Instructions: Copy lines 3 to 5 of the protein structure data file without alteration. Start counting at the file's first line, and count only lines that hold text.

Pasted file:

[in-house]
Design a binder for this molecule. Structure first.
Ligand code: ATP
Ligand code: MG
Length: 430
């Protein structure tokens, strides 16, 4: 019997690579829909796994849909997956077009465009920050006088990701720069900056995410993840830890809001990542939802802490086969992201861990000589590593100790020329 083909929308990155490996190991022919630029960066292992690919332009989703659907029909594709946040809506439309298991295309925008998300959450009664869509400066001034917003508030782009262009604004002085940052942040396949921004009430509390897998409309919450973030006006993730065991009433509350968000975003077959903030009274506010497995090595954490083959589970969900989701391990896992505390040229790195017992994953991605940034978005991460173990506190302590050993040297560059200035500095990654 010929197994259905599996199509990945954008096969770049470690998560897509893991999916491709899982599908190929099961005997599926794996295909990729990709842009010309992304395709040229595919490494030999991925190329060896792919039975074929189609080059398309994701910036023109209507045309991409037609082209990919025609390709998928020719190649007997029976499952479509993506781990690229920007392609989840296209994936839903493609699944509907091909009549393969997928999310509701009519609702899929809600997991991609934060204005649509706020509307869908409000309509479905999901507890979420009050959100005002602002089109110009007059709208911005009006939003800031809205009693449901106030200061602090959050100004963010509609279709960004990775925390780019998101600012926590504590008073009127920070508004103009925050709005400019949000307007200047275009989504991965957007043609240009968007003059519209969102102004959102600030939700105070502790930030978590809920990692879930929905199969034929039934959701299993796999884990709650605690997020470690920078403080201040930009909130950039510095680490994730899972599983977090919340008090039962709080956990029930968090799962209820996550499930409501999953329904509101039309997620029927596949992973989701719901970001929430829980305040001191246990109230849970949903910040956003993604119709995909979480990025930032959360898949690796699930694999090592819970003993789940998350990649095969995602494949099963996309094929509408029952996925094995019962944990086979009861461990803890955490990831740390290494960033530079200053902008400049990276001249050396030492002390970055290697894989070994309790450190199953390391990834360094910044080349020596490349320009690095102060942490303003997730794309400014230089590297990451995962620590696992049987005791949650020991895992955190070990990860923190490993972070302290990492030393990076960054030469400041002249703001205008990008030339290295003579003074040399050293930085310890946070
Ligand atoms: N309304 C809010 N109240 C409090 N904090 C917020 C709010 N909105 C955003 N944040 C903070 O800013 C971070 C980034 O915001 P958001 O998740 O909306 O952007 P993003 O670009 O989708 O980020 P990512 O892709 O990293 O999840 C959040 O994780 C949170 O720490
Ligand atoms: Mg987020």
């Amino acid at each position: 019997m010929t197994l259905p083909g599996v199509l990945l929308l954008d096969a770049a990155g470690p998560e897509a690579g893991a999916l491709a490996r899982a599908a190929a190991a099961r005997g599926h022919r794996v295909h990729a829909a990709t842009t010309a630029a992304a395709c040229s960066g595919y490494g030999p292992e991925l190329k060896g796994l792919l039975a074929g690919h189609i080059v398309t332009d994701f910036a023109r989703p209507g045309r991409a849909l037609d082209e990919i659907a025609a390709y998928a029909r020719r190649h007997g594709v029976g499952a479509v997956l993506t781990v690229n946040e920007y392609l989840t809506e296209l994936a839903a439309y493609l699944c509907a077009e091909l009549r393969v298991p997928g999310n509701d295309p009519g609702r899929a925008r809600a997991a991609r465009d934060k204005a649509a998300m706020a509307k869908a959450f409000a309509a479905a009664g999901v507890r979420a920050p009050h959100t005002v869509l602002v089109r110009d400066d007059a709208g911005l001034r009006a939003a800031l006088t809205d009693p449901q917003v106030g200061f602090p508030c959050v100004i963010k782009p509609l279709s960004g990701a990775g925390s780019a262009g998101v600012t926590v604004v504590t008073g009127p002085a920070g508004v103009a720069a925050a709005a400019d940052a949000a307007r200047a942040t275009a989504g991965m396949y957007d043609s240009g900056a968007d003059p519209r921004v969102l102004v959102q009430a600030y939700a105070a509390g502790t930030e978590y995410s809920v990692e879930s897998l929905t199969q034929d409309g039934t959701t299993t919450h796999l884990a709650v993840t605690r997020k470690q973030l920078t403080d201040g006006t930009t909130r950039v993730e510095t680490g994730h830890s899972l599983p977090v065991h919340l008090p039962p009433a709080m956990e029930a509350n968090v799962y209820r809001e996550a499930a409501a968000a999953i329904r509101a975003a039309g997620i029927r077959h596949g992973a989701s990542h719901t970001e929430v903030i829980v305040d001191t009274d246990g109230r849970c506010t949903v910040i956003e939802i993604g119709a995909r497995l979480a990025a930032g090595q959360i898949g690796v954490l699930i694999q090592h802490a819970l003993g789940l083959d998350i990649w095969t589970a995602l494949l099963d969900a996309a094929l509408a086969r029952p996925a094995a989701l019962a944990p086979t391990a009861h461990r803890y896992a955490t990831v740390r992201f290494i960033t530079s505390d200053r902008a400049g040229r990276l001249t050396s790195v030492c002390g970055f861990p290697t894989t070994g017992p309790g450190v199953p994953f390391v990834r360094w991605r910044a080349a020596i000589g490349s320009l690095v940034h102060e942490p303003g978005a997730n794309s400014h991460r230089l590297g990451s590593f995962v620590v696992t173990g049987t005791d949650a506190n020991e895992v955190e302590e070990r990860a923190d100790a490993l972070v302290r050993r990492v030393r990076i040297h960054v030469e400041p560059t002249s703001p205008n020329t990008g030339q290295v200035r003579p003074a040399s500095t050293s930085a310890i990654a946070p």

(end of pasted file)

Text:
Ligand code: ATP
Ligand code: MG
Length: 430